Miss Stigma Free HIV Pageant Helps Empower HIV Positive Women
These women are beautiful, brave and HIV positive.
It’s said that society kills the individual before HIV does. While misconceptions about people who are HIV positive have dissipated over the past three decades, the stigma associated with the disease remains strong, especially throughout Sub-Saharan Africa. People who are HIV positive have been discriminated against for decades. It stems largely from the lack of good sex education available in schools worldwide.
To change her home country of Bostwana’s regional misconceptions about HIV, Mrs. Kesego Basha-Muebli, founded the Miss HIV Sigma Free pageant. A pageant designed for women who are currently receiving health and wellness counseling and HIV antiretroviral treatment to come out to their friends and family as being HIV positive.
When Kesego created The Miss HIV Free pageants back in 2002 she already had a record of advocacy. She founded an HIV/AIDS advocacy Centre for Youth and Hope in Bostwana, a center focused on educating the population on how to avoid the virus. It also encouraged people to treat people with dignity.
HIV/AIDS in Africa:
SInce the early 2000’s, Sub-Saharan Africa has reported the highest rates of HIV/AIDS in the world. Southern African countries like Botswana and Swaziland are considered the epicenter of the pandemic because the rates of infection and people living with HIV/AIDS are so high. As of 2014, Sub-Saharan Africa reported over 25 million of the worldwide total of 36.9 million people living with HIV/AIDS.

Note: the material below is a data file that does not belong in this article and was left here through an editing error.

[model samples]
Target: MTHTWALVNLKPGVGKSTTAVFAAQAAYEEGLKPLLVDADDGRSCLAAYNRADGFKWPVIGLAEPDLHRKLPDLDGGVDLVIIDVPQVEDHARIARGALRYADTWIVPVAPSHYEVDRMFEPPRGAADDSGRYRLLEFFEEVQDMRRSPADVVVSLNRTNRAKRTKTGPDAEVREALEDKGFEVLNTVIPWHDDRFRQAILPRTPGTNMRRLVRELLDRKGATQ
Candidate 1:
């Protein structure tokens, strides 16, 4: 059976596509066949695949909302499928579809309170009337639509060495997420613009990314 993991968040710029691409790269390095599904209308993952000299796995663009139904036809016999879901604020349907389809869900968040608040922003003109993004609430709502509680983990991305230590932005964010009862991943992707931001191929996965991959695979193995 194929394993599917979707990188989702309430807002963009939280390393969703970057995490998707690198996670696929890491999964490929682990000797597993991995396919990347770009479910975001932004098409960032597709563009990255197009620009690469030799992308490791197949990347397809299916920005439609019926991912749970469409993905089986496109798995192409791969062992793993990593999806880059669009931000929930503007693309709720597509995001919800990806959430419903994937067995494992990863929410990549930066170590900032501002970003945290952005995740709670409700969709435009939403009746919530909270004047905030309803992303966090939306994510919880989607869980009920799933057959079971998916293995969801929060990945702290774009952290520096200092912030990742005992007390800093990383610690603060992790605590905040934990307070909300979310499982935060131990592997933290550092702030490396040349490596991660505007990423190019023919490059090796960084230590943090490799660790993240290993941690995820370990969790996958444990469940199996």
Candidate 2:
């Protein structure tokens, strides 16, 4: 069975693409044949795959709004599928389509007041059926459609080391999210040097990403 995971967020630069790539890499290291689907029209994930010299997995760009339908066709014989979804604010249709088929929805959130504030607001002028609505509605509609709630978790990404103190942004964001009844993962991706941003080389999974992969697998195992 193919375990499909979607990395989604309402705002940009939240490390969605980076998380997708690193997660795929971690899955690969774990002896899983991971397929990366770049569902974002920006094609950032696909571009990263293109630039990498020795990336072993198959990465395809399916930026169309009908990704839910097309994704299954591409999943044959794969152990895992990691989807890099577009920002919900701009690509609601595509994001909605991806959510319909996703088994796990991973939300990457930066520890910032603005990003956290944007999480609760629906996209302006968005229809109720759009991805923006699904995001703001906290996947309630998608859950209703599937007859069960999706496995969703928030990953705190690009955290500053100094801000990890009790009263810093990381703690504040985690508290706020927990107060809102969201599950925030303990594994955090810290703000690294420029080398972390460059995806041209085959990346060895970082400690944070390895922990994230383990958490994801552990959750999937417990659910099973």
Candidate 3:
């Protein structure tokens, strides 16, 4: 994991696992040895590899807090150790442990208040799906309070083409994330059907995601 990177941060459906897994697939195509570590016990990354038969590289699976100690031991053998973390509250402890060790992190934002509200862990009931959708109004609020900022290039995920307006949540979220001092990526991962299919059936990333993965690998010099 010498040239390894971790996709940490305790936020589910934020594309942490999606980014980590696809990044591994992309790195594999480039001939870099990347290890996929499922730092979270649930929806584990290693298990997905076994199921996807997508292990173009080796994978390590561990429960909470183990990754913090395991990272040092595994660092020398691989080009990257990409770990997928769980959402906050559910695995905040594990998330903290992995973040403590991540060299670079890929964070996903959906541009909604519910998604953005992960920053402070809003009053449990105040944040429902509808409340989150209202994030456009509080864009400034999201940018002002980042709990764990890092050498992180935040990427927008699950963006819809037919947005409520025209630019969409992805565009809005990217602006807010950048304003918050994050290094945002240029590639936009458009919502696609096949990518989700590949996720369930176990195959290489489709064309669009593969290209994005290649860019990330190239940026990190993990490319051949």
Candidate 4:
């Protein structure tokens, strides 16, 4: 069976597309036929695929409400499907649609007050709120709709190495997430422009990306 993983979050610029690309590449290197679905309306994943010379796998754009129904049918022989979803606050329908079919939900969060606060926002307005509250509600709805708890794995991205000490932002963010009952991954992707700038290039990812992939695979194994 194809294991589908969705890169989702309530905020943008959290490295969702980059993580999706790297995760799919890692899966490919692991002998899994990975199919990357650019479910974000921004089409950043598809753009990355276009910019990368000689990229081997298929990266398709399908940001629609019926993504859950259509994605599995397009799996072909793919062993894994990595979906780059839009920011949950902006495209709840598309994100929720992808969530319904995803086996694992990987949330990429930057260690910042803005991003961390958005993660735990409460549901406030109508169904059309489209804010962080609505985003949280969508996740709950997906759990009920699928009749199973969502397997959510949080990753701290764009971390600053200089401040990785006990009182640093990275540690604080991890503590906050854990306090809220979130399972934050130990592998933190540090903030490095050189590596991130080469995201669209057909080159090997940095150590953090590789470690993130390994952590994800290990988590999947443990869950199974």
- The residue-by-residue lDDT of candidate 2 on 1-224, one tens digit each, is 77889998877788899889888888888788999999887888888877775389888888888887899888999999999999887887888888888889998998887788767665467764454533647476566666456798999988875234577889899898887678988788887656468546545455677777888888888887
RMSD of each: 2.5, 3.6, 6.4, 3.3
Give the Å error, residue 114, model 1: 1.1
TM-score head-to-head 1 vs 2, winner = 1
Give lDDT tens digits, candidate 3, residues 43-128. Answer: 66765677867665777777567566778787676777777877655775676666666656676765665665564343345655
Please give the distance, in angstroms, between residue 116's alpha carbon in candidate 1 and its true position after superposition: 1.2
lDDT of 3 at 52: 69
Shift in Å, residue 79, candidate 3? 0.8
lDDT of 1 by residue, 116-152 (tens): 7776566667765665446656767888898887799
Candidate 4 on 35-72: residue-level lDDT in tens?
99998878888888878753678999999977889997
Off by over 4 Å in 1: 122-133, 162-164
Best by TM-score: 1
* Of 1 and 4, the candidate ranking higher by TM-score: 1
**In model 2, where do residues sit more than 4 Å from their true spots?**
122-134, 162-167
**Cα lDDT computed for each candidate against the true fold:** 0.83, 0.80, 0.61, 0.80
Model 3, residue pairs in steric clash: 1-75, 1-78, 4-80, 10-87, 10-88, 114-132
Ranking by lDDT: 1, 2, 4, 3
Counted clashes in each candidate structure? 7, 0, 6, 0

The social taboos associated with HIV in this region make it a difficult subject for communities to talk about. The Miss HIV Stigma Free pageant is life-saving for this reason. No matter what place you take in the pageant among, you become an ambassador to help your community talk openly about HIV, and therefore educate others on how to remain HIV free and get treatment if you are positive.
Before a woman participates in a pageant event, she receives support from her peers at her place of treatment and/or counseling. During her tenure she learns how to tell her friends and family that she is HIV positive through the pageant. The events include drama and dance performances, and a runway show filled with breathtaking models.
Today, the pageants continue and have spread in popularity throughout the continent. While the cultural dances and pageantry are representational of each woman’s home country, the message remains the same: HIV/AIDS should never be a stigma.